Editor's Note: This chapter is part of the 2013 Foresight Africa full report, which details the top priorities for Africa in the coming year. Read the full report here.
- The ratio of youth to adult unemployment in sub-Saharan Africa is 1.9 compared to 2.7 worldwide. Africa’s low youth unemployment rate is not because Africa is doing well at generating jobs for the young. It is because African countries with low unemployment tend to have large informal sectors.
- For a great majority of African young people, the youth unemployment problem is more about the quality of the job than the absence of a job.
- To create more good jobs Africa needs more industry. While manufacturing is the industrial sector most closely associated with employment intensive growth, there are also “industries without smokestacks” in agriculture and services that can create good jobs.
On the surface, labor market statistics in Africa show that overall unemployment levels for the region are hovering just above the global average while Africa’s youth unemployment levels look better than the rest of the world. However, these numbers don’t reflect the fact that young Africans are more likely to work in the informal sector and not in places that pay good wages, develop skills or provide a measure of job security. Thus, Africa’s youth unemployment challenges encompass more than just a lack of jobs for African youth, but also a shortage of good quality jobs.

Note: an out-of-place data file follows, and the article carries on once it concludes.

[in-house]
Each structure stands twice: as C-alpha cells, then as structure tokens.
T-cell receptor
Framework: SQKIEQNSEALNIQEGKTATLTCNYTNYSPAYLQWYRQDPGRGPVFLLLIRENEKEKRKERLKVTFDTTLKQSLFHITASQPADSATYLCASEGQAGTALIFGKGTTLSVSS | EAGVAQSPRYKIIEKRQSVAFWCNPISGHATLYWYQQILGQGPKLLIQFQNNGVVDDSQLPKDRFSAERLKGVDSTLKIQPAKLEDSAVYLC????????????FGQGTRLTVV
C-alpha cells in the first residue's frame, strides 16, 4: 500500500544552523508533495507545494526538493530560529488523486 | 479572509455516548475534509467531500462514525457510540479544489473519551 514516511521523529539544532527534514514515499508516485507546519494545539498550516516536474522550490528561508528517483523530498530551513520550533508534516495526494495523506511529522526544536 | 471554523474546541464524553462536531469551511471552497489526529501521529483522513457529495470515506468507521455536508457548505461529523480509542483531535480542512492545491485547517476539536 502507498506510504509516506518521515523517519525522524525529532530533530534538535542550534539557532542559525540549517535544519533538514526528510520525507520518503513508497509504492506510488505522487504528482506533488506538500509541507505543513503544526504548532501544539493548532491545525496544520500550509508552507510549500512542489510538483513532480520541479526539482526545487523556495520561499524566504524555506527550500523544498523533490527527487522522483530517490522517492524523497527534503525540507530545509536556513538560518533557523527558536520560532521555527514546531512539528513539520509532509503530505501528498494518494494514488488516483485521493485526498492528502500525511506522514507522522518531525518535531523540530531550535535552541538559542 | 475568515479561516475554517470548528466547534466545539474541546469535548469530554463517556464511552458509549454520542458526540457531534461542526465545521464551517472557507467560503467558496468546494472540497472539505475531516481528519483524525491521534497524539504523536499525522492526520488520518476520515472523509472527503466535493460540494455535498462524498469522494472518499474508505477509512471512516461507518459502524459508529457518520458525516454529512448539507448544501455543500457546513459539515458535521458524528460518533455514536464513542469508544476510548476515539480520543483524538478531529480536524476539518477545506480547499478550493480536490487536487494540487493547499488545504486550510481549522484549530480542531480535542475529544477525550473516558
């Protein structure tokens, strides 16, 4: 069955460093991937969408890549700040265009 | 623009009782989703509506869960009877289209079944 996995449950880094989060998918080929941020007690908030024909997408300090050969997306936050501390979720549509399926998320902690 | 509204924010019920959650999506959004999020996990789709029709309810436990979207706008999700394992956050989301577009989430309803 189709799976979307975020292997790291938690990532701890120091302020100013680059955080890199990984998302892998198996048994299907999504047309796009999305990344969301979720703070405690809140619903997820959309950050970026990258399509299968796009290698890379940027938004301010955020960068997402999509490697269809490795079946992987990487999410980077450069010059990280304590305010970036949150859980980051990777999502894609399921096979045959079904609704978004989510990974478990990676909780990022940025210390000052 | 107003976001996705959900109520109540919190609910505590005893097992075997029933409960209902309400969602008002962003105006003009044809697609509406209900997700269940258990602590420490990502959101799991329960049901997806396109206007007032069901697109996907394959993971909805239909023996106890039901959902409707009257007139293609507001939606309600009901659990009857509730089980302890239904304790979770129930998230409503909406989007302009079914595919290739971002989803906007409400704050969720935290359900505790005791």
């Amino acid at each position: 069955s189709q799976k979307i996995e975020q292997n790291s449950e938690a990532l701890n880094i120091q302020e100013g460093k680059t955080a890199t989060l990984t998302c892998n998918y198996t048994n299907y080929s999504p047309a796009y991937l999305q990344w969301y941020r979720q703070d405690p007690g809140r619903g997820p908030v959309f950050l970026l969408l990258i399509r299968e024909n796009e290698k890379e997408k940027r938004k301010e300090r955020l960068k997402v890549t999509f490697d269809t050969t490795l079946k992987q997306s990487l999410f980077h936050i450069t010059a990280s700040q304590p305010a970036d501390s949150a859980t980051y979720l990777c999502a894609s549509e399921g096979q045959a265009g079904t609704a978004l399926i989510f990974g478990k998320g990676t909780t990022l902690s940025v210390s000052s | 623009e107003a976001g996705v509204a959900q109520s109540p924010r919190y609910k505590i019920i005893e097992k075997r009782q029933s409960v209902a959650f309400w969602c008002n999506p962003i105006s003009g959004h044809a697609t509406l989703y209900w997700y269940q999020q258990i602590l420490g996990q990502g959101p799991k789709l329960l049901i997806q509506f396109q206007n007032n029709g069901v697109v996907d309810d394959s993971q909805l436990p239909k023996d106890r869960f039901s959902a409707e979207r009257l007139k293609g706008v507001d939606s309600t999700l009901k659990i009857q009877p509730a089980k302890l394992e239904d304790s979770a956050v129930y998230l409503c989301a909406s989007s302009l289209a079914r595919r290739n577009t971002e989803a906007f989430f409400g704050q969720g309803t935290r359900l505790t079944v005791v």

As the midpoint of the African Union’s “Youth Decade Plan of Action” approaches, John Page examines some the key labor market challenges for the region and argues that a new Action Plan—one that combines efforts to improve the employment prospects for young people with a strategy for job creation—is needed. Page calls for reforms in both short- and medium-term employment policies, growth in agriculture and other industries, as well as increased technical and vocational training in order to address Africa’s increasing youth unemployment in 2013.